September 30 – October 6, 2023
Climate change and the fire season ahead
“Recently, I tried to help organise hazard reduction burns in my fire-prone local area. For months it was too wet to burn, due to three years of rain. When it finally seemed as if it was dry enough last week, it was too hot, windy and dangerous. That was the same week Sydney experienced the hottest three consecutive days ever recorded in September.”
The legacies of Daniel Andrews and Mike Pezzullo
“The departure of one powerful man and the sidelining of another has accentuated the profound influence both have had in shaping the direction of the nation. Their legacies are now both a challenge and an opportunity for Anthony Albanese to learn from and refine.”
Why full employment is an empty phrase
“The employment white paper released by the Albanese government this week is a vast improvement in professionalism and substance on the previous government’s three-word slogan – ‘jobs, jobs, jobs’ – which offered precious little detail about which jobs and how they would be delivered.”
Letters, Cartoon & Editorial
The mood for ‘Yes’
Patrick Dodson’s honest and measured entreaty (“The Voice is a test of enlightened democracy”, September 23-29) is a salve to our all-consuming Voice maelstrom, from the story of First …
Paul Bongiorno’s article depicting, inter alia, the ambivalence of Nyunggai Warren Mundine did not come as a surprise (“Close, but ‘No’ cigar”, September 23-29). Mundine …
Director Ivo van Hove
Director Ivo van Hove is a titan of contemporary theatre, winning both critical and popular acclaim with works that bring classic texts into vivid contemporary focus.
Several Songs about Fire
Andrew Savage’s second solo album, Several Songs about Fire is an elegant collection that tackles existential questions with a sweeter tone than his earlier work.
Artist Josipa Draisma on Me and Daphne
When multidisciplinary artist Josipa Draisma was researching the history of migrant women working in Australian factories, she came across Martha Ansara’s 1977 film Me and Daphne – and found her grandmother.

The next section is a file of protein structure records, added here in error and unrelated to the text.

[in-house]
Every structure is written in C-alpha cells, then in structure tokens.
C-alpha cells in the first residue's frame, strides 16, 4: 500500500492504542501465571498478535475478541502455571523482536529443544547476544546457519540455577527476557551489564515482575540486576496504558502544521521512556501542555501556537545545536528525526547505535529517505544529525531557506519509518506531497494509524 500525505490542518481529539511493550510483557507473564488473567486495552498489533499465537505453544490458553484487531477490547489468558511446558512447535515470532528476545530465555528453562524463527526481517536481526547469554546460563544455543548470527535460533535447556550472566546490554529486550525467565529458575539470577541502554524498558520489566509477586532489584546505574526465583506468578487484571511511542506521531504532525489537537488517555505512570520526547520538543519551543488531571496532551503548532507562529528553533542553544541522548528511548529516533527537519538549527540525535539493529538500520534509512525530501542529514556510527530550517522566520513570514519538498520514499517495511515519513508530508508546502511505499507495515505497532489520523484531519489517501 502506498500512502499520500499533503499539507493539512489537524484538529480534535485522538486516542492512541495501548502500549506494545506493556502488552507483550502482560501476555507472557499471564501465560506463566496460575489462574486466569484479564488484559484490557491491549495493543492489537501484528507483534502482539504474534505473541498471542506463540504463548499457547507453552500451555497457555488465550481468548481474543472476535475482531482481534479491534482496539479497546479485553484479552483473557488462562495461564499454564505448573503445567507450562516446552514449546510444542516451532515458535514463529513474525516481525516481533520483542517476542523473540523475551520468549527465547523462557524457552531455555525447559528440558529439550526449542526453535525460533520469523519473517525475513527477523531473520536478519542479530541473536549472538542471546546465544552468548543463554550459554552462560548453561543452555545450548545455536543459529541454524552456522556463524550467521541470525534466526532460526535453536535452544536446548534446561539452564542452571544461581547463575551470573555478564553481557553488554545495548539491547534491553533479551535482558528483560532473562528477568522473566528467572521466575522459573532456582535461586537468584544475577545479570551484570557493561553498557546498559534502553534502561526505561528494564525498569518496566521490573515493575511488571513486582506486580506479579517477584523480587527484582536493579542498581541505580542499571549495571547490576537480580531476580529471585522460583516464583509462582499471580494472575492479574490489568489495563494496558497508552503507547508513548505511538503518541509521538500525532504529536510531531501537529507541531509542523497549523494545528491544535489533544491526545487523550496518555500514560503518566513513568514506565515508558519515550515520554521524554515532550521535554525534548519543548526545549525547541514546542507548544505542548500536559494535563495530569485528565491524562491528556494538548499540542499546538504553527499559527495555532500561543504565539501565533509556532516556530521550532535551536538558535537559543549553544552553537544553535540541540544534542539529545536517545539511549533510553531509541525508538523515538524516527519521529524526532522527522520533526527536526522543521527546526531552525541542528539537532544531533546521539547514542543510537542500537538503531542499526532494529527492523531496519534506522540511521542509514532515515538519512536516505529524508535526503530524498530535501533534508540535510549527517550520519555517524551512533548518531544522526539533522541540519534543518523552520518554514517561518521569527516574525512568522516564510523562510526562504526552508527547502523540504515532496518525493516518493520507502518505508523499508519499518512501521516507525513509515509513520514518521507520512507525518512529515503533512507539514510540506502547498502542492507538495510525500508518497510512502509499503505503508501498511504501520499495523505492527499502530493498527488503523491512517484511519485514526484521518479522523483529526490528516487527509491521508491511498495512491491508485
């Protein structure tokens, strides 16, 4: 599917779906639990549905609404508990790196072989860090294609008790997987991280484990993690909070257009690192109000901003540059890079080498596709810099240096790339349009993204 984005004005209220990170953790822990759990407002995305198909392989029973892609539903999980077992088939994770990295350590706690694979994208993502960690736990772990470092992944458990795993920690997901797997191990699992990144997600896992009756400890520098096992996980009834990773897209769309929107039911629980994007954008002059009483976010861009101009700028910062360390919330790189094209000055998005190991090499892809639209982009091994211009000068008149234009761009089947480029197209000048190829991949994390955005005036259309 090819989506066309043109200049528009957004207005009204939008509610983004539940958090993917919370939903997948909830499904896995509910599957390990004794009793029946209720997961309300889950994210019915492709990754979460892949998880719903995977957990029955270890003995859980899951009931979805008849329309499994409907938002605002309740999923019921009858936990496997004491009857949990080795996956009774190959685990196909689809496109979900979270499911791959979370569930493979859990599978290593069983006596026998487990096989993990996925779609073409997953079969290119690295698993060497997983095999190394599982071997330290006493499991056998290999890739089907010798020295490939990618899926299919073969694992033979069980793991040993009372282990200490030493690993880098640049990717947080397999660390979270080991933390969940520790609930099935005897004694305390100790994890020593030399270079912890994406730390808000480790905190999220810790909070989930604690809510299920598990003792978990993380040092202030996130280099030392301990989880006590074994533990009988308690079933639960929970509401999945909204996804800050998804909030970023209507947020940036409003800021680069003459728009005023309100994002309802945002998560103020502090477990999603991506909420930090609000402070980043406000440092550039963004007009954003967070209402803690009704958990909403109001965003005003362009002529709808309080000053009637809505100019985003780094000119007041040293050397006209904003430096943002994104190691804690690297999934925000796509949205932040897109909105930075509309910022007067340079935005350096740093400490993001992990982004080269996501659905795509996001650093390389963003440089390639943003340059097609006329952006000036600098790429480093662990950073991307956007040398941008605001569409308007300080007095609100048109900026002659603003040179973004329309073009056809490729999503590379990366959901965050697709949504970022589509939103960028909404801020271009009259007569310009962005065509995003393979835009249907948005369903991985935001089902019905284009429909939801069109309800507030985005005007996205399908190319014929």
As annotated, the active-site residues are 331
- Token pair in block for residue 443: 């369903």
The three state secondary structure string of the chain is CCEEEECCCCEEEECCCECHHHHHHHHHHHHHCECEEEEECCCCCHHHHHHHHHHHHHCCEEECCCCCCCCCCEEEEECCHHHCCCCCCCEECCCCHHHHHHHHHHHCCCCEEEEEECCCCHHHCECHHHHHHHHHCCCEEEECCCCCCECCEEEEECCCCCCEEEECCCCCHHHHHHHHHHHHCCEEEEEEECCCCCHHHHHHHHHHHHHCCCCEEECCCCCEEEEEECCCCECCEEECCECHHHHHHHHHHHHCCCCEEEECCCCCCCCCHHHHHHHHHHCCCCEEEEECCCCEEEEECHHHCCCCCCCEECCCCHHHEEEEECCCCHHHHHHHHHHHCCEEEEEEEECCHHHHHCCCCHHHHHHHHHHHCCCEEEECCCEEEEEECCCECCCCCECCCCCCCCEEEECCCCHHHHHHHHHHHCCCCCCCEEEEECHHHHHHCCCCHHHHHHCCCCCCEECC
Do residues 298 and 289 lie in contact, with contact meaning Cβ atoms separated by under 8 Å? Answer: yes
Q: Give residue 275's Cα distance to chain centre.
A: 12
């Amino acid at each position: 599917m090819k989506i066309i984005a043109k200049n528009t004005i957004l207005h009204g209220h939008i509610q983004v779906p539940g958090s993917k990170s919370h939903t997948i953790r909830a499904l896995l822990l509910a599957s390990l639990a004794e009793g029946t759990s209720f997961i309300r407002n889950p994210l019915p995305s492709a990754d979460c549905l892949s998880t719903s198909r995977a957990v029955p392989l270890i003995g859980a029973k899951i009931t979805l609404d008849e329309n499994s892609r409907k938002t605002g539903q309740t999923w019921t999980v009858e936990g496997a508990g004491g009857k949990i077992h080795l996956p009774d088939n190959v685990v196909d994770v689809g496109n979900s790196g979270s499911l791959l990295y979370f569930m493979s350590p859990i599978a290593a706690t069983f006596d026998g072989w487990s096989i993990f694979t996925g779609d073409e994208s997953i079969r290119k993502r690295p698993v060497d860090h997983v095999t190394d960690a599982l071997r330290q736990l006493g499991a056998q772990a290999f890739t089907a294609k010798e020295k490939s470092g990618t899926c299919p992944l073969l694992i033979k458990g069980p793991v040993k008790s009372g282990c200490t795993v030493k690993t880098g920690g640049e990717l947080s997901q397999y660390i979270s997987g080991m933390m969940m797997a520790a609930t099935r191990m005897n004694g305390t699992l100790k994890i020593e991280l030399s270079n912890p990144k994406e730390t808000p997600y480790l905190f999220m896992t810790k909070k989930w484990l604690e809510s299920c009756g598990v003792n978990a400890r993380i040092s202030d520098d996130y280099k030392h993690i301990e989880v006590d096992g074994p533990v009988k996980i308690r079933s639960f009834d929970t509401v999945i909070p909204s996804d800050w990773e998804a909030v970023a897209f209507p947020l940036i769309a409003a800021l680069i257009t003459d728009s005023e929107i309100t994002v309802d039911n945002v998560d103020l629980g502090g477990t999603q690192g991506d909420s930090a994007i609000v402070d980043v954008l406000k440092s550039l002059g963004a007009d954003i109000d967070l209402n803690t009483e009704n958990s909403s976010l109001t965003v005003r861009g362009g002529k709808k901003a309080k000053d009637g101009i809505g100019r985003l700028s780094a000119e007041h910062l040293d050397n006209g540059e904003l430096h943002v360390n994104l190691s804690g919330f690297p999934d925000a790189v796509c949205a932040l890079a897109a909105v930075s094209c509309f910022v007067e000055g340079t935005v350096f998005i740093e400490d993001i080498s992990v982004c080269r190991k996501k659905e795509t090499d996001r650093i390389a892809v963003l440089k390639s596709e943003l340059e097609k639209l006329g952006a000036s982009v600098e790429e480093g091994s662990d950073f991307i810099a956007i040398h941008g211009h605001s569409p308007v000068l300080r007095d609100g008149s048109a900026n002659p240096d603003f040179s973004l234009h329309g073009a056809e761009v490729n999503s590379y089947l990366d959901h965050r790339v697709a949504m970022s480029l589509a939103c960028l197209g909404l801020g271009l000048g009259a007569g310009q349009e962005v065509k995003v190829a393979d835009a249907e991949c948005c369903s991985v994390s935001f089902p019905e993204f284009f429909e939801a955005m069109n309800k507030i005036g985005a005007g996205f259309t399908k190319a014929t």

“My dad worked in central São Paulo for a long time before landing a payment plan for the boxy white Gol that took us to and from Guarujá. My dad used to take the bus into the city, down as far as Avenida Cupecê to catch the first one of the day, ‘do you remember the dictatorship, dad?’, ‘yes, in those days they’d ask for your work permit before they beat you up’. I used to ask about fighting the generals and all he’d say was how his ears used to get so cold. I used to ask about the rallies and the secrets but he’d talk about how his hands would be freezing and hurting and how his fingertips used to go numb, ‘at the rallies?‘, ‘no, on the way to work’. The cold, his ears so terribly cold because he couldn’t wear a hat, ‘you couldn’t wear one because you were a communist?’, ‘no, it wasn’t that’.”
Establishing Australia’s first commercial kelp farm
After establishing one of Australia’s most successful craft breweries, Cam Hines’s next project is Australia’s first commercial kelp farm, off the Victorian coast.
Click through for answers.
“When it’s time, it’s time.”
The Victorian premier announces his resignation. He hasn’t stepped down this dramatically since he broke six ribs in Sorrento.
“Just a couple of cops/murderers and war criminals Havin a lovely afternoon in the sun”.
An Instagram account that appears to belong to former police officer Zachary Rolfe posts a comment under a picture of himself with Ben Roberts-Smith. In fairness, he isn’t saying anything a failed defamation trial didn’t already.
“So poll murder-suicide confirmed. No electoral benefit in being a ‘no’ wrecker, worse it’s just sure death.”
The “Yes” strategist responds to the fact the “No” campaign has not led to an uptick in Peter Dutton’s popularity. Voters might be racist, but they’re not stupid.
“This is bigger than me. It’s about my people and our history.”
The Mardudhunera woman celebrates after a court blocks Woodside’s plans for seismic blasting in the Scarborough offshore gas field. It’s almost as if the judge forgot who runs Western Australia.
“From the top down, we will learn from these findings, rebuild and re-earn the trust of our stakeholders.”
The chief executive of PwC Australia responds to a report into the culture of the disgraced company. He has the pretend surprise of a man who buys his own Christmas presents.
“You’re ducking these things … We’re gonna call you Donald Duck.”
The Republican presidential hopeful mocks Donald Trump for missing a debate. It’s not particularly clever, but that’s kind of the point of Chris Christie.
Peter Dutton’s play at weaponising Israel–Hamas war
“Peter Dutton’s weaponisation of this human disaster is a cynical caricature of the government’s response. From day one Albanese and his foreign minister, Penny Wong, have not resiled from condemning the barbarity of the Hamas slaughter of 1400 Israelis.”